State Rep. Jason Zachary, a Knoxville Republican, came to Hill’s defense, contending the government’s role is not to provide insurance coverage for every Tennessee resident. He pointed out TennCare rolls have dropped to 1.3 million from 1.5 million because of the economy and other factors.

In response, state Rep. Dwayne Thompson, a Cordova Democrat, said, “I’m not sure I’d be bragging about one-tenth of our citizens without health-care coverage.” Thompson also asked whether the legislation would contain any provisions to keep rural hospitals from closing, with 13 scaling back or shutting down within the past few years.

Since rebuffing former Gov. Bill Haslam’s Insure Tennessee proposal, Republicans have cited the financial problems the state experienced when TennCare costs ate into the budget, forcing previous Gov. Phil Bredesen to remove about 200,000 people from the rolls. Hill’s brother, state Rep. Matthew Hill, R-Jonesborough, reminded the chamber of that situation again.

“To think we need to continue to rely on the federal government to tell Tennessee how to run their health care is absurd,” Matthew Hill said, accusing opponents of the block grant bill of using scare tactics to try to defeat the measure.

A Democratic proposal to hold a special session on the matter fell on deaf ears after Hill told the chamber it could take 120 days just for the federal government to decide whether it wants to move forward with negotiations.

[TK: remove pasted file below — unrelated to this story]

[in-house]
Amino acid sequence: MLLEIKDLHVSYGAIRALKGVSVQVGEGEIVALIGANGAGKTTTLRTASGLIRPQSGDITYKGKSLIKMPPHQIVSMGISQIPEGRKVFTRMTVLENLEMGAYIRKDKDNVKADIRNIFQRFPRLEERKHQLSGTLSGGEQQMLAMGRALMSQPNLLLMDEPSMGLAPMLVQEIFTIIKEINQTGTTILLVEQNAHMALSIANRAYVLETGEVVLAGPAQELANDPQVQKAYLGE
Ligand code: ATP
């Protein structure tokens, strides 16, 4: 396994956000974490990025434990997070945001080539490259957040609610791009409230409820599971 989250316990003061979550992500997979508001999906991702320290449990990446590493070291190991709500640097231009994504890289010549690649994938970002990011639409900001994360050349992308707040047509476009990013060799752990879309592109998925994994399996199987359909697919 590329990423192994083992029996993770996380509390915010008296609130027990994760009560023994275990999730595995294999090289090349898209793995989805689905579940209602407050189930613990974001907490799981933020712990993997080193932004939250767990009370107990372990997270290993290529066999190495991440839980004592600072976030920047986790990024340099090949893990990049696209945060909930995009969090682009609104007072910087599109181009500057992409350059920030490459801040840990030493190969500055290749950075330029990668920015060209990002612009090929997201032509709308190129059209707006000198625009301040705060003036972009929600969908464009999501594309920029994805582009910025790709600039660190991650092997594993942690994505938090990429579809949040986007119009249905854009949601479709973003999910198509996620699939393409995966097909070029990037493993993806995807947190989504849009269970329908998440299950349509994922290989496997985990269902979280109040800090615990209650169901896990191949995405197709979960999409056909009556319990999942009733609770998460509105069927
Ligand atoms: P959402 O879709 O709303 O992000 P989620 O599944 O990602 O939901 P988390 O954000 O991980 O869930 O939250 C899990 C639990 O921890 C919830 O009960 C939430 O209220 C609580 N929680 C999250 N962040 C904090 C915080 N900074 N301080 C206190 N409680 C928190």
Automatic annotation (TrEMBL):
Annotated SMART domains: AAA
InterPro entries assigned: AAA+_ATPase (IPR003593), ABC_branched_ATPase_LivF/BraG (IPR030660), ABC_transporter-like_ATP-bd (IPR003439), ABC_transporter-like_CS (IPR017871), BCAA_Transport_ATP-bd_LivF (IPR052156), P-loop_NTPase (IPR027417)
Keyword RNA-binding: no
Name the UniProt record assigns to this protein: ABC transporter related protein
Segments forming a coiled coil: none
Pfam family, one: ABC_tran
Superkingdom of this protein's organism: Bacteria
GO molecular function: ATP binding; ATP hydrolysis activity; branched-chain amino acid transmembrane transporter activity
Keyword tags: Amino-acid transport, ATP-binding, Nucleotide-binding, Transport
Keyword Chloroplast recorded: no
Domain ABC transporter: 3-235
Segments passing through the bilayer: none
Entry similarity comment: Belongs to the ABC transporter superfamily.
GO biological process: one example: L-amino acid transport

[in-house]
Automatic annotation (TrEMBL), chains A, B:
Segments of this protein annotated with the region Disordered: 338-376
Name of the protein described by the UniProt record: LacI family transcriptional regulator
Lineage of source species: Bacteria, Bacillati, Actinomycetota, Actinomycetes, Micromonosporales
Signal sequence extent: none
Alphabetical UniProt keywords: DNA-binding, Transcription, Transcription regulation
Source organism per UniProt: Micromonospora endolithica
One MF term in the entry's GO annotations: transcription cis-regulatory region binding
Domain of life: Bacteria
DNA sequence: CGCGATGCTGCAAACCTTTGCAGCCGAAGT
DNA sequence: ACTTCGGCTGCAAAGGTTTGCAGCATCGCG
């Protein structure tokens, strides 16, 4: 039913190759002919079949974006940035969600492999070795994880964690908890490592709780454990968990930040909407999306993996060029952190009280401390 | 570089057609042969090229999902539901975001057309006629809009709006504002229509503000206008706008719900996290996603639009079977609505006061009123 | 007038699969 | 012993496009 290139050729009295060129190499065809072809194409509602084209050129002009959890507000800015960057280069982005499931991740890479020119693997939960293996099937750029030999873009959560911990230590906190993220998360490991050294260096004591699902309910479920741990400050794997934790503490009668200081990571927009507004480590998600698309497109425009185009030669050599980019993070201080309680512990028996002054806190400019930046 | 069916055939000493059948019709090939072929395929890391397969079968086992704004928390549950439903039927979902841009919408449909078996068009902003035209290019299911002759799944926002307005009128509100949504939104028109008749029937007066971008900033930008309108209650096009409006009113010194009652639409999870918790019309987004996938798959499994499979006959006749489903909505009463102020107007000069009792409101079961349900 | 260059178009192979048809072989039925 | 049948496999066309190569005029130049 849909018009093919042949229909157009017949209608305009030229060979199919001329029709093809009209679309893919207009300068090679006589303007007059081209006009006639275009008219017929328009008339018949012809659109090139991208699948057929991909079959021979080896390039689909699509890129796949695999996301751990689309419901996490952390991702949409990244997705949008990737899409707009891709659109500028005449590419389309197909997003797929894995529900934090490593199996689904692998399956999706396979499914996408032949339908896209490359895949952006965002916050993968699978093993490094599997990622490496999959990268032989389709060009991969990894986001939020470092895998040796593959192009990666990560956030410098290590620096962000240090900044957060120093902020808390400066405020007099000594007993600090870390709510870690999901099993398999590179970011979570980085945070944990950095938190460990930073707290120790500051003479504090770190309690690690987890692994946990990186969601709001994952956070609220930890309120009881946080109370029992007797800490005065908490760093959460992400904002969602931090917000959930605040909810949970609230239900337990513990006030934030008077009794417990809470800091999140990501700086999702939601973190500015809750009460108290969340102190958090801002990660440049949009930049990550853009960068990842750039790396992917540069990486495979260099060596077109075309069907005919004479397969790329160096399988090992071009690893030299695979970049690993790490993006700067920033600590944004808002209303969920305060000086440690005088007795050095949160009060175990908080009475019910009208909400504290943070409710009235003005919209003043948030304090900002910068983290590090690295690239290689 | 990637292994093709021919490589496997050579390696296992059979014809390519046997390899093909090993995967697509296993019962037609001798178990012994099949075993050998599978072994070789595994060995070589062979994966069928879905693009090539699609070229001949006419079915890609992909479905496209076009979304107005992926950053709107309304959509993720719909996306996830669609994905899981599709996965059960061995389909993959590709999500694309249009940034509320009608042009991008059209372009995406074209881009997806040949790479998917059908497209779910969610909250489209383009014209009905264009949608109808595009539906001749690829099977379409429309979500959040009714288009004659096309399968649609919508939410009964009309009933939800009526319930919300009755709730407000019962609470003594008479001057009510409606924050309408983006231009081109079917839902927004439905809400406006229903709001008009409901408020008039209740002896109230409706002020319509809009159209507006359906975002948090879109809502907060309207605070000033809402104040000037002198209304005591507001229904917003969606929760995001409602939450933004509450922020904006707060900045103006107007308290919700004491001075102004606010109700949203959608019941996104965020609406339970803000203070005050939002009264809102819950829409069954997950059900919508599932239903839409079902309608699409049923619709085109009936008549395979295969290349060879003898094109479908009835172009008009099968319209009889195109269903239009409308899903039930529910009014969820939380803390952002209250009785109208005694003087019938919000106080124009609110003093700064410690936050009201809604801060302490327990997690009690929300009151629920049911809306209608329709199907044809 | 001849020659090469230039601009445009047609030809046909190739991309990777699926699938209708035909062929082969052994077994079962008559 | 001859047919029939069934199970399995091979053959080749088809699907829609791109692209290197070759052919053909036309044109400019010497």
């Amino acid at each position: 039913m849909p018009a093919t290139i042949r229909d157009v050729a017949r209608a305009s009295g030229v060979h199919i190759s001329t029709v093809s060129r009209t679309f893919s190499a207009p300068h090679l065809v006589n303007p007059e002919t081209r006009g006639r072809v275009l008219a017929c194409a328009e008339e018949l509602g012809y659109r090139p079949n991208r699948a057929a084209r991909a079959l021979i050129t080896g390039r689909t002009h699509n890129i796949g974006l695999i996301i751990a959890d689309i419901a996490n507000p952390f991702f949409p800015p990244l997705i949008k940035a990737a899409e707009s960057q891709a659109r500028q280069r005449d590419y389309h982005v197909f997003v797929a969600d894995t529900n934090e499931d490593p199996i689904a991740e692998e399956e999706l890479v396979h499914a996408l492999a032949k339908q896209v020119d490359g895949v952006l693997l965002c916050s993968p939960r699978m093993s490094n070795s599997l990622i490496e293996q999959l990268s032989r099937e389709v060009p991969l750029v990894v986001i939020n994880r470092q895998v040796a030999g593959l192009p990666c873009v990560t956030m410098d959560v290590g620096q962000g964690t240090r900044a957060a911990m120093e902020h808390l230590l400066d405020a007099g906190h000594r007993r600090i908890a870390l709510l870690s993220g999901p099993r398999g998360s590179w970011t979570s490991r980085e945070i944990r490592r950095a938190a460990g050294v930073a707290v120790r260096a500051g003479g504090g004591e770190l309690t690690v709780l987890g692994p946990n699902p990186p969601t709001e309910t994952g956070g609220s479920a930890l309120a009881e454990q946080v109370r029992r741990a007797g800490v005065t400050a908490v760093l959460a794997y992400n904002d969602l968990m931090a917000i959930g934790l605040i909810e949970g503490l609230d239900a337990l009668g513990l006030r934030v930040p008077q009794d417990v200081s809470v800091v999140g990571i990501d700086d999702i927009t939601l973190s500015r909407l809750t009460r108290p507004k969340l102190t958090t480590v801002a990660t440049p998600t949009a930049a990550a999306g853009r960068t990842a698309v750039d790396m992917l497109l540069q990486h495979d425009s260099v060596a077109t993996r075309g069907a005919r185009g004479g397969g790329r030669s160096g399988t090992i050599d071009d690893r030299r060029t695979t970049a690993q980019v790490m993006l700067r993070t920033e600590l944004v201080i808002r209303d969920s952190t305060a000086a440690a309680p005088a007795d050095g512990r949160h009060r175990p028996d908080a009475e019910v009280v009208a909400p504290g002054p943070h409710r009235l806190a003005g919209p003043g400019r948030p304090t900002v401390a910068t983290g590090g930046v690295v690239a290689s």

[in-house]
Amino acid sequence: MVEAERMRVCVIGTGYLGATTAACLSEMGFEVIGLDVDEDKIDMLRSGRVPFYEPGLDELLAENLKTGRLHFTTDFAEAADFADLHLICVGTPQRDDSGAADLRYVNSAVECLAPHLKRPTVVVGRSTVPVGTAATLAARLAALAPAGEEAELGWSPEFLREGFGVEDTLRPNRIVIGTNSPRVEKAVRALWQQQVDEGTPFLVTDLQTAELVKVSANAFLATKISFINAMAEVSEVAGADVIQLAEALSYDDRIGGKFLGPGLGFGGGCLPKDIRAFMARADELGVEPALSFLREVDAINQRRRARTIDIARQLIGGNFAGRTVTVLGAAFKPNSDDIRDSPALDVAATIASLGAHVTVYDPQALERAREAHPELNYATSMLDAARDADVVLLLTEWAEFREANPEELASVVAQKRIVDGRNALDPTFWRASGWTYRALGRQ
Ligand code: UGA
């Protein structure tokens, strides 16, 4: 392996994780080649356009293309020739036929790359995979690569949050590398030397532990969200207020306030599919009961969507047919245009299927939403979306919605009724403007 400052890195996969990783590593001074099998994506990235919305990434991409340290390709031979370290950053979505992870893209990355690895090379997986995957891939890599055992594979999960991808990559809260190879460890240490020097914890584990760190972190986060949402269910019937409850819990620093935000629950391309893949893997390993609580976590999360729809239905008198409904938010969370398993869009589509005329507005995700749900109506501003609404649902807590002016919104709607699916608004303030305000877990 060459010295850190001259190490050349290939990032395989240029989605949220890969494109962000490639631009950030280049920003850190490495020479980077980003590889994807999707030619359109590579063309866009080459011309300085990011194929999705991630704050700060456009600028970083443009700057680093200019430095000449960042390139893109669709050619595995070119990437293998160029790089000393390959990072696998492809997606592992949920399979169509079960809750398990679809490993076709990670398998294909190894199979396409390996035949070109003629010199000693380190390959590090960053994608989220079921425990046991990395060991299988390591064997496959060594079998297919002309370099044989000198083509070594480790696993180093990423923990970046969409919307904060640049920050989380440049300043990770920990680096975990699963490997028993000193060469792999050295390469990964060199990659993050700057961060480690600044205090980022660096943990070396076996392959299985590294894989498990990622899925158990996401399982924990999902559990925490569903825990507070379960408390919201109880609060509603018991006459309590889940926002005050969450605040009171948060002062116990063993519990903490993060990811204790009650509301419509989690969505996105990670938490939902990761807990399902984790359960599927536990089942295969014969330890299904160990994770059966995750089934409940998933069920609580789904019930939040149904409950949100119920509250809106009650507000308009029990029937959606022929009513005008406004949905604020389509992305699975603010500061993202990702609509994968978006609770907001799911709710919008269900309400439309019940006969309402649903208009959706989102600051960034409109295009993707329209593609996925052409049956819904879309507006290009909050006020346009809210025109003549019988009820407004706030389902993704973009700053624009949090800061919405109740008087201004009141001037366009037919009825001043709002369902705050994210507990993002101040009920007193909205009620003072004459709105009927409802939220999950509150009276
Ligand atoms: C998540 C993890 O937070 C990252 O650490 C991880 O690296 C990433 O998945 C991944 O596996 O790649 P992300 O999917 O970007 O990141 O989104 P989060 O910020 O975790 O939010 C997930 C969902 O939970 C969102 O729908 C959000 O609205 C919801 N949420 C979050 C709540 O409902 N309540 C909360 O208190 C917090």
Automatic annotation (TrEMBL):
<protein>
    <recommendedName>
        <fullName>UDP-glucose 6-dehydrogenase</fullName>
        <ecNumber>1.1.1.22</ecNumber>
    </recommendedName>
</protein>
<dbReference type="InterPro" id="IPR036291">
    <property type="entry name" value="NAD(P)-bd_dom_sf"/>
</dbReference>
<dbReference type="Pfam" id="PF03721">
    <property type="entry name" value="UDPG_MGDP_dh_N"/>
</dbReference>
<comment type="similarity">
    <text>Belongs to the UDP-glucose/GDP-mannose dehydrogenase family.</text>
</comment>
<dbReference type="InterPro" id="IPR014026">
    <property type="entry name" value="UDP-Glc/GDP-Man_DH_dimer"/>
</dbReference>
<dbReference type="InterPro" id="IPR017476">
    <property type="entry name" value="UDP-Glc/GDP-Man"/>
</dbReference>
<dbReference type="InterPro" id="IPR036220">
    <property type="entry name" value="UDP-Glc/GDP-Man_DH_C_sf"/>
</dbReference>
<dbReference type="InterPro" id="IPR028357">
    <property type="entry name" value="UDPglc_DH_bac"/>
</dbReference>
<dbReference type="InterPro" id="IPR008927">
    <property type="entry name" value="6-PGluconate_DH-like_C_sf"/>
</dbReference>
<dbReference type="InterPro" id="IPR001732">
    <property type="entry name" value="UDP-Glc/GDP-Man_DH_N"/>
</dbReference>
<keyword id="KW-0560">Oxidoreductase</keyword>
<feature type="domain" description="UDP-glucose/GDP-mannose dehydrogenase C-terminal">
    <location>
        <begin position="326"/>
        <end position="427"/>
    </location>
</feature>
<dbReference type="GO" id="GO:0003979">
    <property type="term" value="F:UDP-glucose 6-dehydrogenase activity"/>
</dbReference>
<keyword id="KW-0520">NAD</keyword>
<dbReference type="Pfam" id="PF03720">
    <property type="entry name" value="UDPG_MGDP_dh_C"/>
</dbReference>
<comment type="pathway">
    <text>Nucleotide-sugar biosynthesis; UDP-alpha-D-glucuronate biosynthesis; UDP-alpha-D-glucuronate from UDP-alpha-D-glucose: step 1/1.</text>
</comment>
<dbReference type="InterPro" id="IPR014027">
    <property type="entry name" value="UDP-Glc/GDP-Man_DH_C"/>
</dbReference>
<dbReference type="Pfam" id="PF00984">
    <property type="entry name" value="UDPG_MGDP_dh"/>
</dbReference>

But state Rep. Antonio Parkinson stepped on the most toes when he asked Hill if he trusts Lee. When Hill responded that he did, Parkinson said, “If you trust Gov. Bill Lee, why not give him the blanket approval to negotiate block grants, Medicaid expansion or any other tool to cover Tennesseans?”

Lee has said repeatedly over the past eight months he opposes expanding Medicaid. Yet Parkinson persisted, asking if the block grant proposal is about insuring more Tennesseans or embarking on a different program.

“Based on the legislation, we don’t trust the governor that well,” he said. “We just trust him with block grants but not Medicaid expansion.”

Parkinson argued the state has too many people without insurance in danger of dying because they don’t have access to health care. Meanwhile, the Legislature is prepared to boost its rainy day fund to more than $1 billion in the next fiscal year.

“Financially, Tennessee is in great shape, and I applaud that. But we’re also saying, financially we’re in great shape so we’re going to rub it in the face of people in poverty,” he said.

Parkinson wasn’t in the chamber when the House voted, but he said later he would have voted against the bill. Other Shelby County members voting in opposition were state Reps. Jesse Chism, Barbara Cooper, Larry Miller, Joe Towns, Dwayne Thompson, G.A. Hardaway and Minority Leader Karen Camper, all Democrats. Another Memphis Democrat, state Rep. John DeBerry, was present not voting. Republican state Reps. Kevin Vaughan of Collierville and Tom Leatherwood of Arlington voted for the measure.


Antonio Parkinson Dwayne Thompson Timothy Hill
Sam Stockard

Sam Stockard

Sam Stockard is a Nashville-based reporter with more than 30 years of journalism experience as a writer, editor and columnist covering the state Legislature and Tennessee politics for The Daily Memphian.